The men were not true followers of the Islamic faith, according to the influential Muslim Jama Masjid Trust, which runs the 7.5-acre Badakabrastan graveyard in central Mumbai.
"People who committed this heinous crime cannot be called Muslim," said Hanif Nalkhande, a trustee. "Islam does not permit this sort of barbaric crime."
Ten gunmen laid siege to India's financial capital. One was captured and the rest killed.
The bodies of the nine now lie in a morgue awaiting last rites, while the lone surviving militant is in police custody.
Normally, unclaimed bodies thought to be Muslims are given to the nearest Muslim graveyard for burial after three days, leaving police unsure what to do now.
Police do not believe anyone will claim the gunmen's corpses since they are thought to be from Pakistan.
"The gunmen must be buried because we are bound to see that their last rites are performed according to the religion they follow," said Jain Sirmukadam, a senior police inspector. "We have heard the trust's decision. We are considering what to do now."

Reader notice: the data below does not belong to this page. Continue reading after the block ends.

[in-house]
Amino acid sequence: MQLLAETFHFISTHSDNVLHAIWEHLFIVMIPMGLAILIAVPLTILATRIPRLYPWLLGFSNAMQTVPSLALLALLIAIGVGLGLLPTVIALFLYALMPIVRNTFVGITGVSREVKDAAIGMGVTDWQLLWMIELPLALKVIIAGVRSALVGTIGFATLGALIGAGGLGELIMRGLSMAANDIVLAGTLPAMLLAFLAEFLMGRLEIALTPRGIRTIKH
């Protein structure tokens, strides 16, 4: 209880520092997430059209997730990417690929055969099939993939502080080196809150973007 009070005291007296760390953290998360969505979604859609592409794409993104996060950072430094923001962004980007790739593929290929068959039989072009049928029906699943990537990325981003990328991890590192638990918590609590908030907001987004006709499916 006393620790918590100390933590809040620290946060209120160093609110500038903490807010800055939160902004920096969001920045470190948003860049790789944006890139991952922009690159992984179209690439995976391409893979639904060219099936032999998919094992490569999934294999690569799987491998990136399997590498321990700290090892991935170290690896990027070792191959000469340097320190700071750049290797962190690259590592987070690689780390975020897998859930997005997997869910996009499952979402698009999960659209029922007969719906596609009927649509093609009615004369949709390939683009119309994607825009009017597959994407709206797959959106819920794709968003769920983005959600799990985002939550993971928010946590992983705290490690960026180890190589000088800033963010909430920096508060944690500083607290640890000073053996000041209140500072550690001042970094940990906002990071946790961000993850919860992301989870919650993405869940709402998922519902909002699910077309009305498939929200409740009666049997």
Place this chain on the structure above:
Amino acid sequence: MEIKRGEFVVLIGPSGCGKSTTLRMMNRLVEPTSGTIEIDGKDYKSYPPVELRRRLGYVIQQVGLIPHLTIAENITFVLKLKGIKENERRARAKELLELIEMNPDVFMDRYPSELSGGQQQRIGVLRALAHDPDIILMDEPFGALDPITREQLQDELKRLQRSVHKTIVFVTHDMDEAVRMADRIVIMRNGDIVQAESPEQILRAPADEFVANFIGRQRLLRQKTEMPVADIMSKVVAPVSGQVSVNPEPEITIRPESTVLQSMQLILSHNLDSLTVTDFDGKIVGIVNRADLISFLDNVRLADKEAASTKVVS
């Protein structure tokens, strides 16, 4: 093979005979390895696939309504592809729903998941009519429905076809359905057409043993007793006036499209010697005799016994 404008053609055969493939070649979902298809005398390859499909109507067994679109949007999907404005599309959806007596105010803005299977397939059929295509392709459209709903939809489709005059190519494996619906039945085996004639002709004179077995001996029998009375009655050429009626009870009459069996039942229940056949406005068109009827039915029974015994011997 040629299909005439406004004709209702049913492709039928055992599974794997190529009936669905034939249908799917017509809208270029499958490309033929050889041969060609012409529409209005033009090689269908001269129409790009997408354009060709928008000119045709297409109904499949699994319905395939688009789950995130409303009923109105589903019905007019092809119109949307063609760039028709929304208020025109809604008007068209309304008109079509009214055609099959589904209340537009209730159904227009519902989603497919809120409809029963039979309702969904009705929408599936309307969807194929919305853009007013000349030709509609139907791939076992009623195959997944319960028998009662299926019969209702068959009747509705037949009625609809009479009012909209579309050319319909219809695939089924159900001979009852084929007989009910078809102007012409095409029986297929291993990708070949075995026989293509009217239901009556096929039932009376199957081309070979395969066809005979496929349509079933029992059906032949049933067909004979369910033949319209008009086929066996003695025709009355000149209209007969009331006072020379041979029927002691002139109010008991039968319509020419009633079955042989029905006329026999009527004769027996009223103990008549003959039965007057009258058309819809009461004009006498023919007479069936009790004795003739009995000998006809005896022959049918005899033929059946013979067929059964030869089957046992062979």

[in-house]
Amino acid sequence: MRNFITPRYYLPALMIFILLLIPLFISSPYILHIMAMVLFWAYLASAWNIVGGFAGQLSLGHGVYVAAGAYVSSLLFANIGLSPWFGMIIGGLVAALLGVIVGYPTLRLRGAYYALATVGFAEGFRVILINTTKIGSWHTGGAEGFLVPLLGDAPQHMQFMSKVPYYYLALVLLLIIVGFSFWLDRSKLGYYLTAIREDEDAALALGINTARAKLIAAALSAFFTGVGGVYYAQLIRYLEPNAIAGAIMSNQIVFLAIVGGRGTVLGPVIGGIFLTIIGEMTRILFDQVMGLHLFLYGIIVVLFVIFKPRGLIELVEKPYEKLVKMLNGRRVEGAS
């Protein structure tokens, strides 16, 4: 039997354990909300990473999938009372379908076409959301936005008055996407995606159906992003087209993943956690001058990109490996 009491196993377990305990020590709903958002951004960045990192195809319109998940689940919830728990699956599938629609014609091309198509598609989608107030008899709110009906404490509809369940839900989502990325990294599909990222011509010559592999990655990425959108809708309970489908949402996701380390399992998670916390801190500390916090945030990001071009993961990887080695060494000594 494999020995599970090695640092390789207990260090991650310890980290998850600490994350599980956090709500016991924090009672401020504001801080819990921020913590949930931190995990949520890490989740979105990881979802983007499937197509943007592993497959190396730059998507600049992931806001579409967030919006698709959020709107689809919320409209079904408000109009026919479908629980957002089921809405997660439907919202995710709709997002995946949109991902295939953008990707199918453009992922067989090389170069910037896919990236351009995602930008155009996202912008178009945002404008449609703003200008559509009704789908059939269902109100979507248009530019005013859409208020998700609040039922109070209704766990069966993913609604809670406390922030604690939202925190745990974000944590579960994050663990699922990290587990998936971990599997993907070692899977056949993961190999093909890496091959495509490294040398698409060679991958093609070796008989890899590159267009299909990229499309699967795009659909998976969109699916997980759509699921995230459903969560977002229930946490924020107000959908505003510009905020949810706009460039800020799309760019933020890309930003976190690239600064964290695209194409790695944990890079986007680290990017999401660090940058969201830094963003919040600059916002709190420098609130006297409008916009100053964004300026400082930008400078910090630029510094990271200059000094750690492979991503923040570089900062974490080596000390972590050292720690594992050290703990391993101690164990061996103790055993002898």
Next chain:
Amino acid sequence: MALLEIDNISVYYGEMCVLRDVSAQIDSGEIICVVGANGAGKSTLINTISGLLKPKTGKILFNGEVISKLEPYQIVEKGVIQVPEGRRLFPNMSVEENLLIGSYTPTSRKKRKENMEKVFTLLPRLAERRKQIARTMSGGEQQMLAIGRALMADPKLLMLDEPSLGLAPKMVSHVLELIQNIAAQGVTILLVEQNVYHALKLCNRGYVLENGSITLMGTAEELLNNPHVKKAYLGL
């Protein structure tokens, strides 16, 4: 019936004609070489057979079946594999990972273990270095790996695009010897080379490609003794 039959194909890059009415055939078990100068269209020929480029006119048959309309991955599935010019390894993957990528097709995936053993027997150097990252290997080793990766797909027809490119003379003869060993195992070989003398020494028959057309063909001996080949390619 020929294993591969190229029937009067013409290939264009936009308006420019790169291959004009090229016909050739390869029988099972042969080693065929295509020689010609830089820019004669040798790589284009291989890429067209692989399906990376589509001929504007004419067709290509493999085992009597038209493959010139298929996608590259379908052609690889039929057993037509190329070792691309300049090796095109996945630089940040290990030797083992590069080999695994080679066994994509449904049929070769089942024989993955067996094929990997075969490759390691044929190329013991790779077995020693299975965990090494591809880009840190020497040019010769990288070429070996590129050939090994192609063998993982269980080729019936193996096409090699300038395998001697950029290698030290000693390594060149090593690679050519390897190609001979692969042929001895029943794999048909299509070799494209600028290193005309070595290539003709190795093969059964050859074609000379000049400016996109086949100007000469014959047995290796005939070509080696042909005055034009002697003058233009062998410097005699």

There are seven other Muslim graveyards in Mumbai, but the Jama Masjid's influence means none of the others are likely to accept the bodies.
While Nalkhande said several Islamic scholars had backed the trust's decision, some also criticised the move.
Even militants must be given a proper burial, said scholar Maulauna Zubair Ahmed.
"As per the Shariah, the trust cannot say no," he said, referring to Islamic law. "The Shariah says whether a Muslim is a drunkard, rapist, criminal, you must offer him a place for burial."
Indian authorities say the captured gunman said he was trained at a camp in Pakistan run by the militant group Lashkar-e-Taiba. Authorities in Pakistan have denied this.